Editor’s note: “Spiritual leaders answer” is a weekly column inviting Kaua‘i’s religious and spiritual leaders to share their doctrine’s perspective on a suggested subject. Every Friday a topic is printed inviting a response. Submissions are edited for content and length. Thoughts or suggestions for future topics are always welcome. Next week’s topic is community service. The topic at the end of the column is for the following week.
Lama Tashi Dundrup
Kaua‘i Dharma Center
This word spiritually applies to this phenomenal world in its entirety. It applies to the five mother elements that make up one’s body and are everywhere and in everything. These are earth, water, radiation, fire, air and space. Because they are timeless, with no beginning or end and the source of all life and good health, we in the human condition must adapt our lifestyles to be in harmony with them. They connect us directly through meditation, yoga and other spiritual disciplines to our natural mind which is beyond conception or judgement. This natural mind or ultimate level of one’s consciousness has five wisdom qualities or states of awareness which are inseparable from the natural world. These five are unity, positive activity, clarity, equanimity, and unconditional love and compassion for all beings and the natural environment. The complete union of these five mother elements and these father states of awareness results in complete enlightenment or buddhahood. Only humans can accomplish this state of mind where the universe and one’s mind become the same thing naturally.
Rev. James Fung
Lihu‘e Christian Church
A precocious little girl had a question, “Is God married to Mother Nature?” I asked her what she thought. She said that God and nature seemed to work so well with each other. She was right.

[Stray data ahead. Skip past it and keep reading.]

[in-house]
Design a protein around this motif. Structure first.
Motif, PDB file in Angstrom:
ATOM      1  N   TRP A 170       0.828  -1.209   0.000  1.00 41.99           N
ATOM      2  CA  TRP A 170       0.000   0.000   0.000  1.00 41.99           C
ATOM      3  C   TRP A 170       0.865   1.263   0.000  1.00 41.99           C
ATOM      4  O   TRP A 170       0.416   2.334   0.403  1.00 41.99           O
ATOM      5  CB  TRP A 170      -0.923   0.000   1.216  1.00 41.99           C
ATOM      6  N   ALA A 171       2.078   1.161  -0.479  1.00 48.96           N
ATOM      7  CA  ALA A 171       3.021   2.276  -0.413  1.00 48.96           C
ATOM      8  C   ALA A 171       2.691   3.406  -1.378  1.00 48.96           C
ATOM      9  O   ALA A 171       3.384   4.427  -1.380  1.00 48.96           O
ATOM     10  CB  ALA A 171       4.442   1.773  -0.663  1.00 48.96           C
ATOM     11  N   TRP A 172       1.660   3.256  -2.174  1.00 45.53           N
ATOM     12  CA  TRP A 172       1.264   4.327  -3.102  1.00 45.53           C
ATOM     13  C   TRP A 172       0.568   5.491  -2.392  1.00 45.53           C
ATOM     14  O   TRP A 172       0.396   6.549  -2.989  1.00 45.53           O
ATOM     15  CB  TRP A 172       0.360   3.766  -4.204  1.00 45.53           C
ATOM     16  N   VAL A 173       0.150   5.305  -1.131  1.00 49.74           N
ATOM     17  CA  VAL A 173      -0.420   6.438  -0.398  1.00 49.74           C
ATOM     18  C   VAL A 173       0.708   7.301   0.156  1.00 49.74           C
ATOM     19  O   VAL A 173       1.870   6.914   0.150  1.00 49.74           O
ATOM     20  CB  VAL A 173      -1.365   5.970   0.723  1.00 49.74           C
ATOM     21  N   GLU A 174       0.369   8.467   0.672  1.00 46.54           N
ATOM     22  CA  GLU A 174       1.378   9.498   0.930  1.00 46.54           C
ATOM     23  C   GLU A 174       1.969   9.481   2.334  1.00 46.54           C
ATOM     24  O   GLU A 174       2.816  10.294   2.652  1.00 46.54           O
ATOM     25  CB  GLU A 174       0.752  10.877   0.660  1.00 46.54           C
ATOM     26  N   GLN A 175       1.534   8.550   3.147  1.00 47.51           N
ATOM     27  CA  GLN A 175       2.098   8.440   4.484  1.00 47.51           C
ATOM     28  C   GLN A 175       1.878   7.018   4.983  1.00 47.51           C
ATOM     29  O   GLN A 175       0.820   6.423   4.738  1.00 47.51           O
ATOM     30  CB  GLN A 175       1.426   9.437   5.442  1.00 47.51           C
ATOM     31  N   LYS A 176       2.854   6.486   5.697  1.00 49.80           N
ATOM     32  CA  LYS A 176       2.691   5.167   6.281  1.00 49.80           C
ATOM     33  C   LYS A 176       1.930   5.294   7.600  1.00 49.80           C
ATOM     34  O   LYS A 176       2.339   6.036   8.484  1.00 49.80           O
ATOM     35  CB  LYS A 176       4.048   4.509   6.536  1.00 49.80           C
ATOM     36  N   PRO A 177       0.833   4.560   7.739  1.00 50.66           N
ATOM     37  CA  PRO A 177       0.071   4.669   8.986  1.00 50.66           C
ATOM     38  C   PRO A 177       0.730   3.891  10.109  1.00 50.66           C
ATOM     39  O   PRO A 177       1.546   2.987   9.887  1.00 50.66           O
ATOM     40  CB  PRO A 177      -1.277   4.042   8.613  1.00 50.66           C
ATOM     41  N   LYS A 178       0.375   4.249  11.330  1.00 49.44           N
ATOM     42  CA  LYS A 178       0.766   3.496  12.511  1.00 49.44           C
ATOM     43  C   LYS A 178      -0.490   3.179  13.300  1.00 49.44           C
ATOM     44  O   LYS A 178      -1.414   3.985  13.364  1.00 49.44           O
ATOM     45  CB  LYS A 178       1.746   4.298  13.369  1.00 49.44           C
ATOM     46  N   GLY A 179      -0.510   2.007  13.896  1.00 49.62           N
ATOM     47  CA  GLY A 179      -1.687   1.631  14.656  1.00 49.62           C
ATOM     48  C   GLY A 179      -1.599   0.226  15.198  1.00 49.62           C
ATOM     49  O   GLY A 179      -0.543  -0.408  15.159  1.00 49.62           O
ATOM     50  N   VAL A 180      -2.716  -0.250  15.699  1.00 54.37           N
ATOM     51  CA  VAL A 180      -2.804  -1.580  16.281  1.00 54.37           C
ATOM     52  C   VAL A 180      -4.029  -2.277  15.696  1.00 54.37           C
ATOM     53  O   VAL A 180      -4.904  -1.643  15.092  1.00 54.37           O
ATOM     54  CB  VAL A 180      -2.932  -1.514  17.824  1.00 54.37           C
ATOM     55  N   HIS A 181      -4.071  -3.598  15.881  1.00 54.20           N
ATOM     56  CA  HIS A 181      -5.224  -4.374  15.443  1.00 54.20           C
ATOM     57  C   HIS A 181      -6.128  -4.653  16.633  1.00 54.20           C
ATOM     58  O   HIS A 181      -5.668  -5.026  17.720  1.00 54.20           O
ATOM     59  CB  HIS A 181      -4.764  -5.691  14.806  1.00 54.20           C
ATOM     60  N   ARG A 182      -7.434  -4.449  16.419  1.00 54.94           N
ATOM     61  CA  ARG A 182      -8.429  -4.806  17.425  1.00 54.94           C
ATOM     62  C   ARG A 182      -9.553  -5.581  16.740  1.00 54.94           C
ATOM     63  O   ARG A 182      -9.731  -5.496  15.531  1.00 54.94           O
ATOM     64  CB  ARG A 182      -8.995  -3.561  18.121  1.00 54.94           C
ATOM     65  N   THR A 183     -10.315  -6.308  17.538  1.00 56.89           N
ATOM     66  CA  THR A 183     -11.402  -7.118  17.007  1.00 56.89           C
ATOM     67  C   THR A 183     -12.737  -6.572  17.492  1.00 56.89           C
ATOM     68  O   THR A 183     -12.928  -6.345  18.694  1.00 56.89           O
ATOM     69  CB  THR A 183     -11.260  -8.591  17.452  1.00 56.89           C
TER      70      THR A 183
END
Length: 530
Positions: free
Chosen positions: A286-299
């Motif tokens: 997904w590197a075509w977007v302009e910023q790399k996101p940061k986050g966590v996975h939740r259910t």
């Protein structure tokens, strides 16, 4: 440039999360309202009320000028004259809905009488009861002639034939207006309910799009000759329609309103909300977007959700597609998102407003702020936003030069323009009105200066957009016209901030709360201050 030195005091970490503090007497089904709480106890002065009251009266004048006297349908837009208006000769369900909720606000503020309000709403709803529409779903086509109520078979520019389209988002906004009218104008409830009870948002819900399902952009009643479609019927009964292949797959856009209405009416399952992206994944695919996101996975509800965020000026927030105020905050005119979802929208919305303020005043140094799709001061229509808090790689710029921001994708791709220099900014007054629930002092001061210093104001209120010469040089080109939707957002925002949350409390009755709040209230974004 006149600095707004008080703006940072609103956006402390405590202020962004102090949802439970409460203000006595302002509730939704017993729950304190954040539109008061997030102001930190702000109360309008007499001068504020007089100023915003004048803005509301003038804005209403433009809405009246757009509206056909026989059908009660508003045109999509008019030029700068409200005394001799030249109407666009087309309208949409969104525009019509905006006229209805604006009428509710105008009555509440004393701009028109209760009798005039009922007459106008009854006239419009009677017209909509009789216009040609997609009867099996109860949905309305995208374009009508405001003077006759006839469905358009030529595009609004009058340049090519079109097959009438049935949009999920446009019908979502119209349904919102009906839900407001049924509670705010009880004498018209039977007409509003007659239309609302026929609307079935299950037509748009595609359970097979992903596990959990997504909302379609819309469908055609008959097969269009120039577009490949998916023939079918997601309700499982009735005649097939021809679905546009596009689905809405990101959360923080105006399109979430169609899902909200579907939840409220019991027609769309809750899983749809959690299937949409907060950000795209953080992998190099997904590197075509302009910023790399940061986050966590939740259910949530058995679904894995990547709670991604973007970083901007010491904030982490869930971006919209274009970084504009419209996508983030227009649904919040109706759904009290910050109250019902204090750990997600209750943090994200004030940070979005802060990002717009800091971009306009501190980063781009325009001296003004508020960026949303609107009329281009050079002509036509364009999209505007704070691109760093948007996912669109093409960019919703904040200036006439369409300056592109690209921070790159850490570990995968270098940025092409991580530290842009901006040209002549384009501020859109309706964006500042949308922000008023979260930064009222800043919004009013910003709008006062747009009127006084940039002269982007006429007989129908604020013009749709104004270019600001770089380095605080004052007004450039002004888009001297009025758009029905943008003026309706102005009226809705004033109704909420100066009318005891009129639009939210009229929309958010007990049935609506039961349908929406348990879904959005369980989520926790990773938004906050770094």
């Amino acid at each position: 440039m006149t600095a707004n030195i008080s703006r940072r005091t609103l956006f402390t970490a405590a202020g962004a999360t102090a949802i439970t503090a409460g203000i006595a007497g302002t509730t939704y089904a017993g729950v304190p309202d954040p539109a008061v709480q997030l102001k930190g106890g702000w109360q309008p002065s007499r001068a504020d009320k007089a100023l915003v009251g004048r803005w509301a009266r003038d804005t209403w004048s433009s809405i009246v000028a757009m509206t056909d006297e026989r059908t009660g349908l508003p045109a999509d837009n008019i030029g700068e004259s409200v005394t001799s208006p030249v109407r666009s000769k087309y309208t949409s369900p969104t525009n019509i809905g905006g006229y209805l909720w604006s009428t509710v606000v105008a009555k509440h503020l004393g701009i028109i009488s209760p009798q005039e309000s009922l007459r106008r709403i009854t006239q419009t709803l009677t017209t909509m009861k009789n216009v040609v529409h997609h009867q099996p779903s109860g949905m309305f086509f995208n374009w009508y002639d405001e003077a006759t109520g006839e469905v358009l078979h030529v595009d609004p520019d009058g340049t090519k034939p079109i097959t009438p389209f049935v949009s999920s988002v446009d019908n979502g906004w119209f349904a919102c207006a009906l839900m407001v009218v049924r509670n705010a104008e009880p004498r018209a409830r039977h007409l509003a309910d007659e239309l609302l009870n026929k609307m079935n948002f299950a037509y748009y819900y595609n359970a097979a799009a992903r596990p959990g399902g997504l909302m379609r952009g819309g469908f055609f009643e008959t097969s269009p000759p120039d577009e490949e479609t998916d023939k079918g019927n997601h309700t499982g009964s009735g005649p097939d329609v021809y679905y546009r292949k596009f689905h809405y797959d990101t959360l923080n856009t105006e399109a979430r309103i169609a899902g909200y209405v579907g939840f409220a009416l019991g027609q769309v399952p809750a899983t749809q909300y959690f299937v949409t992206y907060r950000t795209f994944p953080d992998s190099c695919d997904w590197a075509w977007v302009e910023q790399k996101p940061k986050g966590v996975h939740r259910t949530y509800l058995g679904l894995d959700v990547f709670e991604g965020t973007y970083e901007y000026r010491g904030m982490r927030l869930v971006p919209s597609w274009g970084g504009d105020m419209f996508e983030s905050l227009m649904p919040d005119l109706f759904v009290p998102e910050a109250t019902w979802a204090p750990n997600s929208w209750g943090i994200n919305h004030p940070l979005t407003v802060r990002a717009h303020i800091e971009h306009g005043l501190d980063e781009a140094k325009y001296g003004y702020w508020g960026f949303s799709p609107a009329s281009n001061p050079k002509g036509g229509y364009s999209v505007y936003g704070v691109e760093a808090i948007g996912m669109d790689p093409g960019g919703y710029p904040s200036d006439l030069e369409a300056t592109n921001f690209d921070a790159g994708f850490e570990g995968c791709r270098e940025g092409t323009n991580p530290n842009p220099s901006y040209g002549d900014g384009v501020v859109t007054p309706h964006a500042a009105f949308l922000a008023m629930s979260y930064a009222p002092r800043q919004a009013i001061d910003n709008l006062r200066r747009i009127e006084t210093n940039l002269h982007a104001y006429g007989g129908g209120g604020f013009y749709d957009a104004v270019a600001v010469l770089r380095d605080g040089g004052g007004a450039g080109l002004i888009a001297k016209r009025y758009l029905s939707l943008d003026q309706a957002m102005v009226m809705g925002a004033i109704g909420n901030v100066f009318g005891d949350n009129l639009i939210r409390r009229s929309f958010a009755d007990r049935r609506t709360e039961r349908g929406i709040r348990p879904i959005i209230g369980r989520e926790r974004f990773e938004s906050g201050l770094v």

God is the creator of the vastness of the universe and the mysterious force within the smallest particles of energy that make up the tiniest bits of life. Indeed, God and nature seem to work so well with each other!
One of my favorite poems in the Bible (Psalm 24) begins by saying, “The earth is the Lord’s and the fullness thereof — the world and they that dwell therein. For he hath founded it upon the seas and established it upon the floods.” Our earth is just one of the many spheres of earth and vapor that circle an average-size sun as compared to other stars in the universe that are a lot larger. But it’s a wonderful world. A good place to call “home.”
One night last week, I stood in my driveway and gazed up into the night sky at the twinkling stars, reflecting how each one may be at the center of a planetary system so vast yet so far away that we may never know, but only imagine the worlds that God has created and sustains. And who knows what life forms exist in these far away worlds, and how those life forms may have evolved in the eons of their development?
Nature has its fascinating and awesome beauty. And it is the God of mystery and power that is the creative and holy force behind it. It is this same God who asks us to cherish everything in the natural world — and to lovingly take care of it.
Rev. Dr. Nani Hill
United Church of Christ
The nature of the people who dwell in the upland village of Kilohana is to be steadfast in their love of God like the rock that wedges itself firm into the face of the mountain. They live harmoniously with their neighbors like the palm frond that dances in love with the wind to and fro. Through the grace of God this nature is instilled in their hearts as they walk lightly in the grass throughout the village doing good. Their knowledge of God’s nature is that God plants this goodness in their hearts as one villager proclaims to Kaula, the prophet who holds up their village house, “God is in my soul.”
There are times, however, when a villager’s soul is lost. Villagers who fall from God’s grace such as “fools, say in their hearts, ‘There is no God’” [Ps. 14:1]. These are people who have snuffed out the light of the kukui nut that shines on their life paths toward God. Instead these lost souls choose to walk the dark rainforest where heartless bird-catchers go. Their lives are distorted with disrespect and addicted sinning. Kaula affirms to such lost villagers that however much they struggle against their nature of goodness, God will endeavor to cloak their folly and drive their blindness of goodness out. The lost souls have a choice to see the sun rise over Kawaikini once again or continue to wander aimlessly in the dark rainforest only to be strangled by the vines.